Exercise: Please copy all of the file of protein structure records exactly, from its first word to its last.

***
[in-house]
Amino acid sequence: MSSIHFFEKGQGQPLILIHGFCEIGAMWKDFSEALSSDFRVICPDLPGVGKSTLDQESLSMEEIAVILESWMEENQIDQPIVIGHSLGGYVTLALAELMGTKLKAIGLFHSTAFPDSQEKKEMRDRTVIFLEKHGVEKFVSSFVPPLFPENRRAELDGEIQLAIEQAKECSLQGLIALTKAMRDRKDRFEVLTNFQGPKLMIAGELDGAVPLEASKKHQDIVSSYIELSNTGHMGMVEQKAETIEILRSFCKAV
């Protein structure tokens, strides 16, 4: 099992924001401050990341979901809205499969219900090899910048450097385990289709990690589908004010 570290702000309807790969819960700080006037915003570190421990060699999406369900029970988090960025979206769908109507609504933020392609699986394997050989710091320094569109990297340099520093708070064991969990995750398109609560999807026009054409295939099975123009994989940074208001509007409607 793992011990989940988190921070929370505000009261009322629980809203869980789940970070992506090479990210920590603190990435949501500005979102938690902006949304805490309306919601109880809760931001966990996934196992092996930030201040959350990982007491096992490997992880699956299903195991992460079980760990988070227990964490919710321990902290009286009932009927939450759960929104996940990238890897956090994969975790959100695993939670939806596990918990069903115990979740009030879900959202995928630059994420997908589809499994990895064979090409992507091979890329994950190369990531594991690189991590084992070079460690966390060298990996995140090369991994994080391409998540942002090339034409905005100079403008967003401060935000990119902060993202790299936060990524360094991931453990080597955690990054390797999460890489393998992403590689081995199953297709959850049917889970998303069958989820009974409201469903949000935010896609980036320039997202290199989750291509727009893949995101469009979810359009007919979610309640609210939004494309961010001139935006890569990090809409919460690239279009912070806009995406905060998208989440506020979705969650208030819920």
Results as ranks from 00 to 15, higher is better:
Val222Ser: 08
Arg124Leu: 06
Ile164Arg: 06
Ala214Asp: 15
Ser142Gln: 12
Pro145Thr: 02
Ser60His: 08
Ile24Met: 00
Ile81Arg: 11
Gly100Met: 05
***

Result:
[in-house]
Amino acid sequence: MSSIHFFEKGQGQPLILIHGFCEIGAMWKDFSEALSSDFRVICPDLPGVGKSTLDQESLSMEEIAVILESWMEENQIDQPIVIGHSLGGYVTLALAELMGTKLKAIGLFHSTAFPDSQEKKEMRDRTVIFLEKHGVEKFVSSFVPPLFPENRRAELDGEIQLAIEQAKECSLQGLIALTKAMRDRKDRFEVLTNFQGPKLMIAGELDGAVPLEASKKHQDIVSSYIELSNTGHMGMVEQKAETIEILRSFCKAV
């Protein structure tokens, strides 16, 4: 099992924001401050990341979901809205499969219900090899910048450097385990289709990690589908004010 570290702000309807790969819960700080006037915003570190421990060699999406369900029970988090960025979206769908109507609504933020392609699986394997050989710091320094569109990297340099520093708070064991969990995750398109609560999807026009054409295939099975123009994989940074208001509007409607 793992011990989940988190921070929370505000009261009322629980809203869980789940970070992506090479990210920590603190990435949501500005979102938690902006949304805490309306919601109880809760931001966990996934196992092996930030201040959350990982007491096992490997992880699956299903195991992460079980760990988070227990964490919710321990902290009286009932009927939450759960929104996940990238890897956090994969975790959100695993939670939806596990918990069903115990979740009030879900959202995928630059994420997908589809499994990895064979090409992507091979890329994950190369990531594991690189991590084992070079460690966390060298990996995140090369991994994080391409998540942002090339034409905005100079403008967003401060935000990119902060993202790299936060990524360094991931453990080597955690990054390797999460890489393998992403590689081995199953297709959850049917889970998303069958989820009974409201469903949000935010896609980036320039997202290199989750291509727009893949995101469009979810359009007919979610309640609210939004494309961010001139935006890569990090809409919460690239279009912070806009995406905060998208989440506020979705969650208030819920």
Results as ranks from 00 to 15, higher is better:
Val222Ser: 08
Arg124Leu: 06
Ile164Arg: 06
Ala214Asp: 15
Ser142Gln: 12
Pro145Thr: 02
Ser60His: 08
Ile24Met: 00
Ile81Arg: 11
Gly100Met: 05